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Employer Obligations for Continuing Employee Group Benefits
By Neil Curtis & Rob Green

NCHR, our partners in Human Resource Management, receive many questions related to employer obligations for continuing employee group benefits (such as life and extended health insurance, accidental death and dental plans), as well as pension plans when employees take leaves from work that are legislated by the Employment Standards Act (ESA). This includes pregnancy, parental, and family medical leave to name a few examples. 

Note: we are referring to job protected leaves from work that are supported by applicable laws in Ontario.  

Generally speaking, employer requirements related to benefits and pension plan continuation during a leave of absence are as follows:
  • An employee who is on pregnancy, parental, personal emergency, family caregiver, family medical, critically ill child care, organ donor, or crime-related child death or disappearance leave has the right to continue to participate in life insurance plans, accidental death plans, extended health plans and dental plans, and pension plans during his or her leave from work.
This can be done by offering the employee the opportunity to continue to pay their share of the benefits premiums (and/or pension contributions) during their absence.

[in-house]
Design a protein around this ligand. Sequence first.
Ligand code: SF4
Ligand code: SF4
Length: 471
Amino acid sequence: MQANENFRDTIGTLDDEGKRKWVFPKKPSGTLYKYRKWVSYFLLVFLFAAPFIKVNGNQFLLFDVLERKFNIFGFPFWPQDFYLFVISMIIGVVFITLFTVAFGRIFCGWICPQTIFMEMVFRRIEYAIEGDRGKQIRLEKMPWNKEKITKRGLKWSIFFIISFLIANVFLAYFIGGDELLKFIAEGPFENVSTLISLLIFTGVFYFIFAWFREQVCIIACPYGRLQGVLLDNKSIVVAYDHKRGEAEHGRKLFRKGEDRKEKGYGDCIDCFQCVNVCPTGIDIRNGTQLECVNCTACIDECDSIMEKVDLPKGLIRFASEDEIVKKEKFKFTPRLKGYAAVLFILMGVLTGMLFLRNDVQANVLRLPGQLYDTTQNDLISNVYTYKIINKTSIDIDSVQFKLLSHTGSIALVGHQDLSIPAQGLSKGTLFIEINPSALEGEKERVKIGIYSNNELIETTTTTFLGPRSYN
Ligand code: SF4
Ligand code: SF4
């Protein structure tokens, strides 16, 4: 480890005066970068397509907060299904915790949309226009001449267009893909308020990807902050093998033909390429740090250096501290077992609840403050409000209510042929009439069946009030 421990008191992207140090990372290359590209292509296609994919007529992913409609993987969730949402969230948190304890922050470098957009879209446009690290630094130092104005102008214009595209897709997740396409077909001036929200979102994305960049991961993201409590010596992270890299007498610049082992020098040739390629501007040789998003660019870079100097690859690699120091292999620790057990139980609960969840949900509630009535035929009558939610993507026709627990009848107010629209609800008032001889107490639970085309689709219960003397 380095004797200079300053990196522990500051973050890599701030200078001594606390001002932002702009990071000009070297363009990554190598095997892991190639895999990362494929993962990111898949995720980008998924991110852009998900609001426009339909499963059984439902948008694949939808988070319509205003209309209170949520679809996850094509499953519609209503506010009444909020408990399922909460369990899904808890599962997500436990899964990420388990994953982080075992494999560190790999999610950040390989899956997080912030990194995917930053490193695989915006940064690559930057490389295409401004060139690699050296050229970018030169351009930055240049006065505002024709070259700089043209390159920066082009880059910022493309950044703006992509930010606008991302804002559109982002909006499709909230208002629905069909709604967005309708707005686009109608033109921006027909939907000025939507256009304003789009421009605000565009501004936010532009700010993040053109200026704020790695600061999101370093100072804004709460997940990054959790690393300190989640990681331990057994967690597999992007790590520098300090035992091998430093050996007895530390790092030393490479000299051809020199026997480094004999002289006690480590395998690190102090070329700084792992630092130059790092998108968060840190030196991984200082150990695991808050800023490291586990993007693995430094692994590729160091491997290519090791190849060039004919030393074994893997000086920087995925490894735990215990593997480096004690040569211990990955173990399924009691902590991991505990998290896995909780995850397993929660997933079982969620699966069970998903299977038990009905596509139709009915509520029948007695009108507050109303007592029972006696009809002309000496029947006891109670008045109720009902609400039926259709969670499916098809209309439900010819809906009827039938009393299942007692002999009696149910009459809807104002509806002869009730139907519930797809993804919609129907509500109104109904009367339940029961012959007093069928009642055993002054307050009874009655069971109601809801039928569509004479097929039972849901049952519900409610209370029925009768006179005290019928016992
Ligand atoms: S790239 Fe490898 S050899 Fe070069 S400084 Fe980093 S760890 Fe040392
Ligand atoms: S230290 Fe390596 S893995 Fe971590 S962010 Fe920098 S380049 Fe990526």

If the employee opts-out of making these payments (in writing), the organization can generally take the employee off the benefit plan for the duration of the leave from work.
In the case of employee termination, here is a summary of employer obligations (when the termination is initiated by the employer):
  • Employees are required to be treated as ‘whole’ during the ESA Statutory Notice Period. This generally requires that benefits, company RRSP, pension plan contributions, etc. all remain in full effect during the Statutory Notice Period at minimum, just as if the employee were still employed. This must be clearly stated in the termination letter provided to the employee at the time of separation.
  • As well, employers should outline options in writing for employees who are terminated (by the employer for any reason), about potentially transitioning their group benefits plan to a private plan if applicable. This commonly requires the employee to contact the benefit provider directly within 30 or 60 days of the discontinuance of their group plan to discuss potential options for transitioning to a private plan, at a cost to the employee. Failure to enlighten employees of these options upon termination creates unnecessary risk to your organization. Employers are strongly encouraged to discuss this with the insurer before making the decision to end the employment of an employee, to ensure terms and options are clearly understood.
Of course, there are exceptions to the situations outlined above. If you have an employee who is taking leave from work in the near future – or if you intend to terminate the employment of an employee – please contact us to help determine the right path for your specific situation.

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Neil Curtis - NCHR:
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